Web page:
AFM-2DIR Spectroscopy


Advances in infrared (IR) spectroscopy have focused on improving spatial resolution and expanding the spectroscopic information that can be obtained. When exposed to light, the sharp metal-coated tip of an atomic force microscope (AFM) localizes and enhances the optical field underneath the tip, making the spatial resolution independent of the incident wavelength. Exploiting the benefits of tip enhancement, atomic force microscopy-based instruments for super-resolution IR imaging have been created, including scattering-type scanning near-field optical microscopy (s-SNOM) with optical detection and AFM-IR microscopy (including the PFIR microscopy) with photothermal mechanical detection. Meanwhile, the development of time-domain two-dimensional IR (2DIR) techniques, which involves the sequential emission of precisely timed femtosecond IR pulses, has provided intricate spectroscopic information on molecular interactions, such as anharmonicities and coupling of vibrational modes of molecules and energy transfer. However, the spatial resolution of 2DIR is usually restricted by Abbe’s diffraction limit. Merging the tip-enhancement of AFM with 2DIR could enable Abbe’s diffraction limit to be surpassed, allowing for nanoscale spatial resolution, while also offering the rich spectroscopic information like that of 2DIR spectroscopy.

Our solution: AFM-2DIR spectroscopy

In the AFM-2DIR spectroscopy, we employ the tip-enhancement of a metallic AFM probe to localize the IR radiation from a femtosecond IR pulse sequence and perform photothermal detection. It turns out the photothermal responses of the sample that contains IR resonances depend on the timing between the pulses in the pulse sequence. As a result, if we scan the timing of the pulses and collect the photothermal signal from the AFM (e.g., through the PFIR technique), then we can collect a series of interferograms. Sequential Fourier transfers of these collective interferograms along two time delays of the IR pulse sequence yield the 2DIR-type of signals. This process is analogous to the optically detected 2DIR spectroscopy,  albeit the signal transduction is from the AFM tip's mechanical response and originates from an area much smaller than the optical diffraction limit. In other words, AFM-2DIR is a type of 2DIR that is not restricted by Abbe's diffraction limit. Its spatial precision is AFM-like, which is 10~20 nm. We demonstrated the AFM-2DIR on a model system, such as carbonyl modes, revealing ground state depletion and excited state absorptions.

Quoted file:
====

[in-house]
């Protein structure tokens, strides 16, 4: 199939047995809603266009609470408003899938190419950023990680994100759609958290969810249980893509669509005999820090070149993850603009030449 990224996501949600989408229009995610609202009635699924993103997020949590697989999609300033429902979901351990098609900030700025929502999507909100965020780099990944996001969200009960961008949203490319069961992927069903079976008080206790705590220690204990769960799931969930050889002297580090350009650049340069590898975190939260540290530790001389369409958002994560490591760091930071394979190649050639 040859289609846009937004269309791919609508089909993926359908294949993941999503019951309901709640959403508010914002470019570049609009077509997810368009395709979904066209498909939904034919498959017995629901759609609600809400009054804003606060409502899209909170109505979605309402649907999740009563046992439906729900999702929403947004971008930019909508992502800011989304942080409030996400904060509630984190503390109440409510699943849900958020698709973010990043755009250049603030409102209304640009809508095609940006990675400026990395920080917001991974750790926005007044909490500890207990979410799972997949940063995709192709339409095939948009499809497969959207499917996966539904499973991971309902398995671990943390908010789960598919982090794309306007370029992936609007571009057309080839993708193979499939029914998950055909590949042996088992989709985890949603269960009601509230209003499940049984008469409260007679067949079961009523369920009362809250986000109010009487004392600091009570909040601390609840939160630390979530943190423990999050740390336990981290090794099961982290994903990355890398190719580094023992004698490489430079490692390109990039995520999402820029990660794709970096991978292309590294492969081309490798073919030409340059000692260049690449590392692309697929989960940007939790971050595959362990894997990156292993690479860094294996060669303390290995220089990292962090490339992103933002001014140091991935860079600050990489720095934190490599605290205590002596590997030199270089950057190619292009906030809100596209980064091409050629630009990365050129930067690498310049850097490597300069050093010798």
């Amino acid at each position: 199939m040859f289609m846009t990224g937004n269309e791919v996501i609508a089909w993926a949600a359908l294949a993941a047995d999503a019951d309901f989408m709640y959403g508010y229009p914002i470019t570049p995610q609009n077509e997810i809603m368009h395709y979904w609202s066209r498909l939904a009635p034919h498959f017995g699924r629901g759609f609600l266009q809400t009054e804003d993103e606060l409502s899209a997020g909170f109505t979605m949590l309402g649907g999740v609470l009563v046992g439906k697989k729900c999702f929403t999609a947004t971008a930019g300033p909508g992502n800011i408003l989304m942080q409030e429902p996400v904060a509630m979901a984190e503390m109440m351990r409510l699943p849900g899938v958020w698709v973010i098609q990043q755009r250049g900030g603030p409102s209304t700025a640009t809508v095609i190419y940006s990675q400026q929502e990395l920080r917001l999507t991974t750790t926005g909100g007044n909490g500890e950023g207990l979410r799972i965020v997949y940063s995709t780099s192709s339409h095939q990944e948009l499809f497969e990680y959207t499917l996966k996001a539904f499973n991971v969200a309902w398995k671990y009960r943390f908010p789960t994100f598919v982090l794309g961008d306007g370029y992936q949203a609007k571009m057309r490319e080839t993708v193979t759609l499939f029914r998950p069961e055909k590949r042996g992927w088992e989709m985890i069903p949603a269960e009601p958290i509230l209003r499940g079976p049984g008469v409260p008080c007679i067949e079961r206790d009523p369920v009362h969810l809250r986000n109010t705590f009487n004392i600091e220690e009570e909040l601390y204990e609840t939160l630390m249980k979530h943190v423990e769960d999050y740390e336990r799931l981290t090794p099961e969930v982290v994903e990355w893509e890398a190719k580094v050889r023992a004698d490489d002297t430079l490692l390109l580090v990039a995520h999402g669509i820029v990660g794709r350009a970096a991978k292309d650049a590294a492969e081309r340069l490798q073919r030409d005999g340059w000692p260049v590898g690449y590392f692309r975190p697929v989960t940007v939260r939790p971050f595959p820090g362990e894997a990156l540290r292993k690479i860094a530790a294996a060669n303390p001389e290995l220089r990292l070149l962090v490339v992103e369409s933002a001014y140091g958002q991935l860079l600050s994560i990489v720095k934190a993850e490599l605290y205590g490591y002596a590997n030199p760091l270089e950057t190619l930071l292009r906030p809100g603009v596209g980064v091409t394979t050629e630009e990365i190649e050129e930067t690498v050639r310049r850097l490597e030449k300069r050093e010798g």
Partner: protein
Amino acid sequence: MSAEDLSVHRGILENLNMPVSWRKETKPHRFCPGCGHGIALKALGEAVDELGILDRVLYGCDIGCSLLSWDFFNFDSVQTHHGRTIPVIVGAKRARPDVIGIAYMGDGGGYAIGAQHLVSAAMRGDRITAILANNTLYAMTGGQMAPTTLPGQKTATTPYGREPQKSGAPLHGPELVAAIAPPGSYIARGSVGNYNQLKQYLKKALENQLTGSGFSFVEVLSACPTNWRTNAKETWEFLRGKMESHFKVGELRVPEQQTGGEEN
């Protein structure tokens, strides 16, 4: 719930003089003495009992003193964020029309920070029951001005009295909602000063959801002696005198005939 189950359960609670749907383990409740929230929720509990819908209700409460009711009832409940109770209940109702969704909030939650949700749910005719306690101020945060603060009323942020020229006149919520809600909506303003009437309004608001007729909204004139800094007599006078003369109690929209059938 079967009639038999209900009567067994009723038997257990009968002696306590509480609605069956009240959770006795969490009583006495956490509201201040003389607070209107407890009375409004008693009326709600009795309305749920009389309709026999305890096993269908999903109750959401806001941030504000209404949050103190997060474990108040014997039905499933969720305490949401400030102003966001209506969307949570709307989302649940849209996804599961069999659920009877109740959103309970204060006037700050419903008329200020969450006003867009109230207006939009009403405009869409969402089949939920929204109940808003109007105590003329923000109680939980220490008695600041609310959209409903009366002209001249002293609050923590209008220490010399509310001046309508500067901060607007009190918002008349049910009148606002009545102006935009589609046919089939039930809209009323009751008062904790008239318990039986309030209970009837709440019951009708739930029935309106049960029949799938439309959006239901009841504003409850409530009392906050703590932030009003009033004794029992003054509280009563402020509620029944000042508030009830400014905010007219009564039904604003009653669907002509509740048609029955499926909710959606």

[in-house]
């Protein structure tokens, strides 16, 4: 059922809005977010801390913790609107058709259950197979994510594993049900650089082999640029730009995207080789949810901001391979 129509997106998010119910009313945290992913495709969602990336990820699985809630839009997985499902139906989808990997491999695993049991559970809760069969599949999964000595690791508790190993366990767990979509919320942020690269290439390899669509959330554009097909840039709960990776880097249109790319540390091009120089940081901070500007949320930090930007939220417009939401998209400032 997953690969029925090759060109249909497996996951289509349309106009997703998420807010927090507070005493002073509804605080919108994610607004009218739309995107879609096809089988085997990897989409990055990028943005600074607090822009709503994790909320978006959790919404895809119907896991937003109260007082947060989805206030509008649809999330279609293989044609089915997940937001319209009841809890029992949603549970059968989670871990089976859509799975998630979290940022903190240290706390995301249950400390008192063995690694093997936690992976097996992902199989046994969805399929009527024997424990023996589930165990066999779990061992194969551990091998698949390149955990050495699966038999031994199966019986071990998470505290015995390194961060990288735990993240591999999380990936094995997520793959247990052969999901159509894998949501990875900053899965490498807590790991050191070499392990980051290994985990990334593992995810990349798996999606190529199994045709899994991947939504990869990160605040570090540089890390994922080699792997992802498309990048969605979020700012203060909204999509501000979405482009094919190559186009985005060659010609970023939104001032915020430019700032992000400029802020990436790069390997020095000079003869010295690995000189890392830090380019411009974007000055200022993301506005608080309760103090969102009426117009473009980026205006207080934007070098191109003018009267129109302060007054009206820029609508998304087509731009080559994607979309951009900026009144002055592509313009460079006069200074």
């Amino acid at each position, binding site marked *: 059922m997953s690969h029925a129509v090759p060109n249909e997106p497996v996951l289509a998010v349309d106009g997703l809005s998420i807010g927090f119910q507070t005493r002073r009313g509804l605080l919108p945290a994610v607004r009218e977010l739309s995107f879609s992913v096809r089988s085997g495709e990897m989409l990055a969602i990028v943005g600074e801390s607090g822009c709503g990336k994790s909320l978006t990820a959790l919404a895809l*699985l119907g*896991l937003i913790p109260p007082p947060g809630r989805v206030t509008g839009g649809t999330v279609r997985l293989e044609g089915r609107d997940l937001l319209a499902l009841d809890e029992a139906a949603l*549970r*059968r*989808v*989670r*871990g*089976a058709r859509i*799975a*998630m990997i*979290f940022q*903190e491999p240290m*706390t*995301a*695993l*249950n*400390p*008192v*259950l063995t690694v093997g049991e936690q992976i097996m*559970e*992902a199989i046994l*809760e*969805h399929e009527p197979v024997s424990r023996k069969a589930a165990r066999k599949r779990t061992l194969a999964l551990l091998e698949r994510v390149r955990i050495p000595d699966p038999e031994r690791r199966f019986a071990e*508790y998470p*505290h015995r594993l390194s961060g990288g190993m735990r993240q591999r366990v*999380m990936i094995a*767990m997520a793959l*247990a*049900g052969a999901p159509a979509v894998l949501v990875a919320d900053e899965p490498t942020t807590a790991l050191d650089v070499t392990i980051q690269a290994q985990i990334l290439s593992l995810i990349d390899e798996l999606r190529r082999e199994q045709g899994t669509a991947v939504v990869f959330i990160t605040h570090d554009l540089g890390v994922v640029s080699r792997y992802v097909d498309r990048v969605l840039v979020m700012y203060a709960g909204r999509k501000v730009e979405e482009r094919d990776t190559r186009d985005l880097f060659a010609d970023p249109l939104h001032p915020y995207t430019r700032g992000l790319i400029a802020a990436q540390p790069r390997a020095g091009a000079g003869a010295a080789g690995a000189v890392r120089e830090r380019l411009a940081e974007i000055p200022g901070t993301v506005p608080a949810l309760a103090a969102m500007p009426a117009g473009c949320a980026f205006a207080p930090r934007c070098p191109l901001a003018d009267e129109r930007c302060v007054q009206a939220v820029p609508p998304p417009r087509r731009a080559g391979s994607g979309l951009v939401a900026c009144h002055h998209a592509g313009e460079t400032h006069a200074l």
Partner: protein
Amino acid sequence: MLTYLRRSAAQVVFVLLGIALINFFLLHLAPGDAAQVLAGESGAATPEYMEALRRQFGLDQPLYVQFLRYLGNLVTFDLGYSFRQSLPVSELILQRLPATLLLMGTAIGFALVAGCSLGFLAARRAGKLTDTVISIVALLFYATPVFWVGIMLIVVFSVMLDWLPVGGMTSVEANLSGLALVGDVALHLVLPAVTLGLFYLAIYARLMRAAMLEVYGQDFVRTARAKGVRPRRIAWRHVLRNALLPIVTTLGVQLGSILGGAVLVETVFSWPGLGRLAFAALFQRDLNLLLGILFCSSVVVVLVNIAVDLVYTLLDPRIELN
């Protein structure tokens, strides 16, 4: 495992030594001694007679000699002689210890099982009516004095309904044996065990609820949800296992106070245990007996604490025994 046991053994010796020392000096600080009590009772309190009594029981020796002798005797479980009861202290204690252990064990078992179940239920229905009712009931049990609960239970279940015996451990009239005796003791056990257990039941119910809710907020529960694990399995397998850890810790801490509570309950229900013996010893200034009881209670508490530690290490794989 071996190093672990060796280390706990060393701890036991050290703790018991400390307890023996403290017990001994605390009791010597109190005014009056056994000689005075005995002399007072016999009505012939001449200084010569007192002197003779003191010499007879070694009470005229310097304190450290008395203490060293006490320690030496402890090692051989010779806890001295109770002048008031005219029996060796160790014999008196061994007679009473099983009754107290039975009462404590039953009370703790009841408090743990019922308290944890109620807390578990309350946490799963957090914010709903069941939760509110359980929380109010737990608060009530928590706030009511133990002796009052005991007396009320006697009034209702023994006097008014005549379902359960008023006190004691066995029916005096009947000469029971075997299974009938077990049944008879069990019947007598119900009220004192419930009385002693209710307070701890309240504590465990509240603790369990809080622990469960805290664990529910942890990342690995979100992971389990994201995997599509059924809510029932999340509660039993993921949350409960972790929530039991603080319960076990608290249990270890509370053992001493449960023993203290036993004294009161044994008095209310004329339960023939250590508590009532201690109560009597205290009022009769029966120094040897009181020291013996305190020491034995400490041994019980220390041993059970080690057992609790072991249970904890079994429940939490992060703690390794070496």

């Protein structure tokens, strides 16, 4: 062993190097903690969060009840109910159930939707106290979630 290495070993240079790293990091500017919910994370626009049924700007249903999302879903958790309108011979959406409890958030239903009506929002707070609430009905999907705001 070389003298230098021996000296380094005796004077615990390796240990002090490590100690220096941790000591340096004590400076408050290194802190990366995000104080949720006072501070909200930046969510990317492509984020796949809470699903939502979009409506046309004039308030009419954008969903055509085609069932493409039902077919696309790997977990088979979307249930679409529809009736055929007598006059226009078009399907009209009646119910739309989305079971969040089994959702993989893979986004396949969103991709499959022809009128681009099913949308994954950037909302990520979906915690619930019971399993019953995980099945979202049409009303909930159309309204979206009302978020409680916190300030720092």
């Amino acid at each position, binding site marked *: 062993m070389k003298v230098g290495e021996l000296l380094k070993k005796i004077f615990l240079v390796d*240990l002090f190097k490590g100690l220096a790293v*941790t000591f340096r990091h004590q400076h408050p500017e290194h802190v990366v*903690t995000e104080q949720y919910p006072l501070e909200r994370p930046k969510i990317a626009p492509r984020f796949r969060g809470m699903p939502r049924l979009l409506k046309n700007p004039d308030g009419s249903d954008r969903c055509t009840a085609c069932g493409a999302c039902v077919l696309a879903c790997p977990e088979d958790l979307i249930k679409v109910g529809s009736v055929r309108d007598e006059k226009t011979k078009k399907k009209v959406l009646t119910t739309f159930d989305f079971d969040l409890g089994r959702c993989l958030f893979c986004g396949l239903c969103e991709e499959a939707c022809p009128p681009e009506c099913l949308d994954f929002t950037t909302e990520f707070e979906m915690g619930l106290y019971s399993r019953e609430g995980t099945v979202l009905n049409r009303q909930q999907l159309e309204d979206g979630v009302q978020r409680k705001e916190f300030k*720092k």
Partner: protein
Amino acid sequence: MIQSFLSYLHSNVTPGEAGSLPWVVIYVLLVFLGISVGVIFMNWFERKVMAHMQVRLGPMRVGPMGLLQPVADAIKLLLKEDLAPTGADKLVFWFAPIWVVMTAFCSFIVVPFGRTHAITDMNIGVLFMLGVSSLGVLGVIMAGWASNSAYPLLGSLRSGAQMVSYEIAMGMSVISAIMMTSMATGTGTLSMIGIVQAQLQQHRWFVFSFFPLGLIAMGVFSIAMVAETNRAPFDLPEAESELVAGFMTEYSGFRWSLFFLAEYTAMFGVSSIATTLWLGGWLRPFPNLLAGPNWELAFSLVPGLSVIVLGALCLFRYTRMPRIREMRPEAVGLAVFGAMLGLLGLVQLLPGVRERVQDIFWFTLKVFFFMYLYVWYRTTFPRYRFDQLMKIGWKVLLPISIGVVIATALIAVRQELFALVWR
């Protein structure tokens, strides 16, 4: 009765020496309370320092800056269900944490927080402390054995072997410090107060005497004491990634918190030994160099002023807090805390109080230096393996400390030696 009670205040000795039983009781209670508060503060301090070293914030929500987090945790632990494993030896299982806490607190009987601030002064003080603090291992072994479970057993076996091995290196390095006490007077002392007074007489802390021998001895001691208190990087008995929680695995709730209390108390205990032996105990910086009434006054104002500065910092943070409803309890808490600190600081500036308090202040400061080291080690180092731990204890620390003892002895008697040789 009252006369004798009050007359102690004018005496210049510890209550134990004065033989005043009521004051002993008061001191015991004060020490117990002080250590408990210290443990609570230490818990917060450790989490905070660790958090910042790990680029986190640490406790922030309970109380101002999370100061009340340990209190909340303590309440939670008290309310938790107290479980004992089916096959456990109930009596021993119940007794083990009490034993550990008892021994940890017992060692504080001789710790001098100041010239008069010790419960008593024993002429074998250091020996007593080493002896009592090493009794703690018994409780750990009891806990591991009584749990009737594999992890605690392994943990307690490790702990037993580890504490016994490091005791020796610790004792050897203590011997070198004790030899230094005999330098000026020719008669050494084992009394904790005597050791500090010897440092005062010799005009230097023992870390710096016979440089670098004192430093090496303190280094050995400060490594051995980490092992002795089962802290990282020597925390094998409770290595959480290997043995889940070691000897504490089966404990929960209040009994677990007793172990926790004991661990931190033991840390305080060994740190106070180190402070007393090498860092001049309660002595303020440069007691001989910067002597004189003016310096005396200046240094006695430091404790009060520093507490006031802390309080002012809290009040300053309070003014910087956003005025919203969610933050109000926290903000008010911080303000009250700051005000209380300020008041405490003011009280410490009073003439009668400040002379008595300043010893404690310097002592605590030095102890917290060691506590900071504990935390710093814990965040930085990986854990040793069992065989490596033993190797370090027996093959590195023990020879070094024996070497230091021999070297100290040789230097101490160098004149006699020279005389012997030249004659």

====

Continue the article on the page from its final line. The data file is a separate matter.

AFM-2DIR spectra from phonon polaritons of h-BN that reals both diagonal and off-diagonal features. The off-diagonal features indicate the energy transfer pathways.

The details of our AFM-2DIR work is described in our publication Nature Nanotechnology, DOI: 10.1038/s41565-024-01670-w  (2024)